Modern telecommunications facilities were introduced in
but major investment in such facilities occurred only
In 1989 the sultanate had almost 87,000 telephones, or
telephones per 100 inhabitants, a figure considerably
for Oman's Persian Gulf neighbors. Service is unevenly
distributed; more than 50 percent of the telephones are in
Muscat area. Service is entirely automatic, with
direct dial available to all customers.
International telecommunications to Europe, Asia, and
Americas go via a satellite ground station, working with
International Telecommunications Satellite Corporation's
(Intelsat) Indian Ocean satellite. Calls to other
the region are routed through a ground station linked to
Satellite Communication Organization (Arabsat) satellite.
system of eight ground stations is used for domestic
In 1992 broadcast facilities were limited. Television
was more widespread than radio. There are only two AM
stations, one in Muscat and one in Salalah, and three FM
stations, two in Muscat and the other in Al Khasab in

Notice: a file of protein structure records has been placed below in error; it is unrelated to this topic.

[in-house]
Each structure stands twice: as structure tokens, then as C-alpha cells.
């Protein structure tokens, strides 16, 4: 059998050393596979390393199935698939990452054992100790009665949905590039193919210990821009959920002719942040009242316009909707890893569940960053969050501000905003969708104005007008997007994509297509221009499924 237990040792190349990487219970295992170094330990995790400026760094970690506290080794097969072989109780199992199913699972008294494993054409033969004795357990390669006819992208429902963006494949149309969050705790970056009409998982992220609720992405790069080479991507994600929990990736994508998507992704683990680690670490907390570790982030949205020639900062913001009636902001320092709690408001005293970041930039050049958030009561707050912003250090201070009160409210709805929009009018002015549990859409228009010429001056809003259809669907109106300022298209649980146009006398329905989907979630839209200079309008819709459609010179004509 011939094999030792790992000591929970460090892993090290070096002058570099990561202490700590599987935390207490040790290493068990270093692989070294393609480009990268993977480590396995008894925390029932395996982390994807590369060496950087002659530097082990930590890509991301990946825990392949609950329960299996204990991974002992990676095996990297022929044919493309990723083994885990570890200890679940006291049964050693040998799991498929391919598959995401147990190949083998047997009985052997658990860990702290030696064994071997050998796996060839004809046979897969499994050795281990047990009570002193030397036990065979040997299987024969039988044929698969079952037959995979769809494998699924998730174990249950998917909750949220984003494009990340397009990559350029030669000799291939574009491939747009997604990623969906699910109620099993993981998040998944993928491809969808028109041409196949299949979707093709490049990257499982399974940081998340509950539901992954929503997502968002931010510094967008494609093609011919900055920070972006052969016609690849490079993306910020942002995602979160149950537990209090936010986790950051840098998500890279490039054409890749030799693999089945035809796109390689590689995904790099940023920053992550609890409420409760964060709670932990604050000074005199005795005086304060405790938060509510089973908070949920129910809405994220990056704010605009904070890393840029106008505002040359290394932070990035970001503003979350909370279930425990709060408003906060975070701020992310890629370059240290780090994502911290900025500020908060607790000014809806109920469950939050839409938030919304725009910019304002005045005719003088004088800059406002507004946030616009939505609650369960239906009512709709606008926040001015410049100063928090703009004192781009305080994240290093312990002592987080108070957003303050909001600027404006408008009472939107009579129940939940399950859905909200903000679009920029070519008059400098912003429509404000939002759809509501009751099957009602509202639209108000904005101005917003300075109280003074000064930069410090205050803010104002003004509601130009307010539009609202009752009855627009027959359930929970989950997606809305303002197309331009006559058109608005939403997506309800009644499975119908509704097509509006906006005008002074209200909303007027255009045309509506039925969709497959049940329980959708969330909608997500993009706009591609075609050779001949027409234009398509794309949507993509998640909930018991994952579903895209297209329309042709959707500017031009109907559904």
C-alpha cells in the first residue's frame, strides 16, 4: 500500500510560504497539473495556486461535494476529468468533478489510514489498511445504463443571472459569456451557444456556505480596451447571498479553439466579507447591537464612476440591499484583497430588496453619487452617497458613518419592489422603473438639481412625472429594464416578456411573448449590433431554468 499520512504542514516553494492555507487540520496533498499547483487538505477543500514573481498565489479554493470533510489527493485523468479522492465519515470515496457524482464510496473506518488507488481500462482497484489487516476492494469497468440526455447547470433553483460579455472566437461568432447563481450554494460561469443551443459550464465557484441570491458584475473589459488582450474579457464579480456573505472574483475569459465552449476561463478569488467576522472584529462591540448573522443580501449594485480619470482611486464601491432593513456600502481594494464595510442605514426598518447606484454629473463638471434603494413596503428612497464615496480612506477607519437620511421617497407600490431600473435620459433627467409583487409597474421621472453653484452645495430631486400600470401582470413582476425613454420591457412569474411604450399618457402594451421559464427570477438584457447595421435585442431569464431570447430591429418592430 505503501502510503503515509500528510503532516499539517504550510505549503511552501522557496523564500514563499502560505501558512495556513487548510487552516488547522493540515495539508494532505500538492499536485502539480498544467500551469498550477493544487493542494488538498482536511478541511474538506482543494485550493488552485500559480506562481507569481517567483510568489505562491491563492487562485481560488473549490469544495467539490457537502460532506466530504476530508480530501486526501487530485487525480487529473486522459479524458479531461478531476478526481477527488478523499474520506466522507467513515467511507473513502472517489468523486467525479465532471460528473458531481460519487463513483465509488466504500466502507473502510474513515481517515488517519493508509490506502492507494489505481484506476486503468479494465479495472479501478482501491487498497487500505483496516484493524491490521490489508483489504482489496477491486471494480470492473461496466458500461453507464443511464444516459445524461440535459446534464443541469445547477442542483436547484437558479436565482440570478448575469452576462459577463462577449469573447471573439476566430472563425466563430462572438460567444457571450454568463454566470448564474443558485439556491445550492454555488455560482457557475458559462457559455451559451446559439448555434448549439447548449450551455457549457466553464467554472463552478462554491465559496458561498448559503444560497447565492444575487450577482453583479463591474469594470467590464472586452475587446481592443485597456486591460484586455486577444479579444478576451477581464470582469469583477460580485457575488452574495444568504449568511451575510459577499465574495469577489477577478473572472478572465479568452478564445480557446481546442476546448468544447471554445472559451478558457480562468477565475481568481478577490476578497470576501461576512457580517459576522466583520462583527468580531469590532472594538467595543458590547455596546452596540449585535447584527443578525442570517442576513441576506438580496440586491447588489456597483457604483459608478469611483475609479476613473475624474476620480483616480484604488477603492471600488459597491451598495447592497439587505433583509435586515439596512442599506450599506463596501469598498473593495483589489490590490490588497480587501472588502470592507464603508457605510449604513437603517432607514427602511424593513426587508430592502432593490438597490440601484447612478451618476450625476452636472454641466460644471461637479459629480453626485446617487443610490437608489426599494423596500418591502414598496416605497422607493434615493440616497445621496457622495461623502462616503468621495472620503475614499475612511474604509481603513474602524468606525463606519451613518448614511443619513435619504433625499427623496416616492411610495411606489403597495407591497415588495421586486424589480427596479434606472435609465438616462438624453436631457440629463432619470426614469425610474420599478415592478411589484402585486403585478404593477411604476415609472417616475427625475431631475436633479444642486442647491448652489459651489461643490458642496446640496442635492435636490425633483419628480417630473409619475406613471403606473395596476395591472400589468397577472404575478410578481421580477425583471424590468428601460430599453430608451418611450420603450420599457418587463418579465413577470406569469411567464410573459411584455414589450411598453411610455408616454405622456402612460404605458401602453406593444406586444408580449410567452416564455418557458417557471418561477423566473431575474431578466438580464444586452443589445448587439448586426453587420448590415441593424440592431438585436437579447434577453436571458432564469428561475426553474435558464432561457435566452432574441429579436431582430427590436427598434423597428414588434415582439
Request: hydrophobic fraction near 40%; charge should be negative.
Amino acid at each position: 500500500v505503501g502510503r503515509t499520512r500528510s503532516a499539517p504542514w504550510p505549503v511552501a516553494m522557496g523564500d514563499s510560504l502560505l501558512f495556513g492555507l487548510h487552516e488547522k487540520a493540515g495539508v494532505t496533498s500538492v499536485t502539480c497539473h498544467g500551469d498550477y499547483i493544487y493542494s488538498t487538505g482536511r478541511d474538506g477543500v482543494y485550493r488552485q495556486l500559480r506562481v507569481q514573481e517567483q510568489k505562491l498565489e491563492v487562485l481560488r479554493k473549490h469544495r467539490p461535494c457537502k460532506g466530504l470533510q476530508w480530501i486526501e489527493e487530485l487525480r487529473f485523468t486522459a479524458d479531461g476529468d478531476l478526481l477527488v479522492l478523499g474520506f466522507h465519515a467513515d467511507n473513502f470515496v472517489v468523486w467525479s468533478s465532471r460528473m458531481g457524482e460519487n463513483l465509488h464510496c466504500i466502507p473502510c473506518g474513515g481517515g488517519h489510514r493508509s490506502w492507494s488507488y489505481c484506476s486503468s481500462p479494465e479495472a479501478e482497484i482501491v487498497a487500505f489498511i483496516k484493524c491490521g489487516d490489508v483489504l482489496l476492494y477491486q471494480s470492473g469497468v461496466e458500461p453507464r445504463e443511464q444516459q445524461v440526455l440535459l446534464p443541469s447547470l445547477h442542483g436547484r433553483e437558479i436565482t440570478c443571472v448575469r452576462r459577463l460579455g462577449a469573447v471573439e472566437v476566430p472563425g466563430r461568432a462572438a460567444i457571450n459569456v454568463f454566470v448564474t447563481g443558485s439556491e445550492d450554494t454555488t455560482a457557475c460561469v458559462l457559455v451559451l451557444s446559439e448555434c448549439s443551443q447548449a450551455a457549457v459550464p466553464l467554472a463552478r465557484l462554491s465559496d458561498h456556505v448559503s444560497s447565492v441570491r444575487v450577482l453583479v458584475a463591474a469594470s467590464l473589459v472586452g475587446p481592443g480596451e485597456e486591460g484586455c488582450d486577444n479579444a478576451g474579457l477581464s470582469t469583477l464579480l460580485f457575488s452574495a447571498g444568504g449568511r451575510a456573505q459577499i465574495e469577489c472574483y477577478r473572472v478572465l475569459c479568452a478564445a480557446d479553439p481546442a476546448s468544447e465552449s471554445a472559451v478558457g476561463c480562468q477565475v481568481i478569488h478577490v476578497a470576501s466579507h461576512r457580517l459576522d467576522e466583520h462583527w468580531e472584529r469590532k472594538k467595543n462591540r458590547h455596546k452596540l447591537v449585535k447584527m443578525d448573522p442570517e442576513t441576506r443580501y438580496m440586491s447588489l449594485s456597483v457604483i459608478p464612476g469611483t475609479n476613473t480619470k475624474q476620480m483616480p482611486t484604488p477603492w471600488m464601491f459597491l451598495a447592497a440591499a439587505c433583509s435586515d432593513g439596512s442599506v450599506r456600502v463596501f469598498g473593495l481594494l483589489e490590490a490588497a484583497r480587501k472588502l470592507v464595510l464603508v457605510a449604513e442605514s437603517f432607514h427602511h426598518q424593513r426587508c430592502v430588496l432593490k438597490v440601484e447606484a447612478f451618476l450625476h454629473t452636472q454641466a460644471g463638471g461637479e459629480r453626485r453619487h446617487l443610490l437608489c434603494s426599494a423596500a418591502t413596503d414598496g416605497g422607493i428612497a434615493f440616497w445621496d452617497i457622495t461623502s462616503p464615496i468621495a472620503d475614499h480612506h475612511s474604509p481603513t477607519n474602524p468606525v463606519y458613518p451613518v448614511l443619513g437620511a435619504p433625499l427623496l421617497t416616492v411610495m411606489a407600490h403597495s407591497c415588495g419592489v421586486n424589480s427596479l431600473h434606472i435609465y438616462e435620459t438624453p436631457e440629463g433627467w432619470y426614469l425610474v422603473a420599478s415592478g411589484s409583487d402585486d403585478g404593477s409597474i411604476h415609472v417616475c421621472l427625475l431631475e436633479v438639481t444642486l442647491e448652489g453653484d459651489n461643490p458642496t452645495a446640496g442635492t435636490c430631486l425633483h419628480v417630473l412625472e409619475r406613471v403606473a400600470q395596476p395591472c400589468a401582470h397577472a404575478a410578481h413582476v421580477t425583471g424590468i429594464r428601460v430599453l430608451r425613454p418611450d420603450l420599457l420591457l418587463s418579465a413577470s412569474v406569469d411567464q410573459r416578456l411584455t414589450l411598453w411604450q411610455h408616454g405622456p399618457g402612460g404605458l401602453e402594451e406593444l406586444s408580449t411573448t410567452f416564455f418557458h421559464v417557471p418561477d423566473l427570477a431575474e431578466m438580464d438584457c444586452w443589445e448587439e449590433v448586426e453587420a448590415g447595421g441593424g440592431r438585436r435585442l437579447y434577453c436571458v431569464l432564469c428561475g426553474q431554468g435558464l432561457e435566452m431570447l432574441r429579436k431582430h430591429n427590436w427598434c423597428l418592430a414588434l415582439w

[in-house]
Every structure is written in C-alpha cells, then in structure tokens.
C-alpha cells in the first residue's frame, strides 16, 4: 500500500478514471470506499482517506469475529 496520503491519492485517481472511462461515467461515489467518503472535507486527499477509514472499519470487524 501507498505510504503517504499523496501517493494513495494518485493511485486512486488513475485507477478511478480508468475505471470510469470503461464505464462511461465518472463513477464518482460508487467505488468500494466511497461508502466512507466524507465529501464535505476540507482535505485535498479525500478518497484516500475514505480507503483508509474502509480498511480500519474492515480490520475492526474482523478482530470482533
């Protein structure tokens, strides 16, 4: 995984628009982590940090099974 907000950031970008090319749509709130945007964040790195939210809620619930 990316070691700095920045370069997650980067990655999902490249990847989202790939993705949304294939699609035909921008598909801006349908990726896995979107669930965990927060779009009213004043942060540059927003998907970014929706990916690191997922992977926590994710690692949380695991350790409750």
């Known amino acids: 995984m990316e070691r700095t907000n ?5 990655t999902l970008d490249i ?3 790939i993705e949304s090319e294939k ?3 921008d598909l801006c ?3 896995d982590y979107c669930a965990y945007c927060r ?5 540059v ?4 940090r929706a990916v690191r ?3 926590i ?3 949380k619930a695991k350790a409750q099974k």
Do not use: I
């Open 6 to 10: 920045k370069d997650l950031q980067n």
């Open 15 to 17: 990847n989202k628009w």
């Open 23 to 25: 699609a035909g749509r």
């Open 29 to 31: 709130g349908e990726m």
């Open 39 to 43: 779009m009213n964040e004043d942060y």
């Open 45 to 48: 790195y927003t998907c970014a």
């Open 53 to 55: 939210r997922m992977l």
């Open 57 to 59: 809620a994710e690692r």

northernmost Oman. A powerful shortwave station that
in Arabic and English can be received worldwide.
service is available throughout the country; seven large
transmitters are located in major towns, and twenty-five
relay stations broadcast in rural areas.
The government's priorities in the 1990s are to expand
local telephone facilities in existing telephone switching
centers, to provide telephone service to rural communities
without service, and to expand domestic long-distance and
international telephone facilities. The Fourth Five-Year
Development Plan allocated RO93 million (US$242 million)
telecommunications projects. Plans of the state-owned
Telecommunications Organization include launching public
data communications, and telephone expansion services.
Data as of January 1993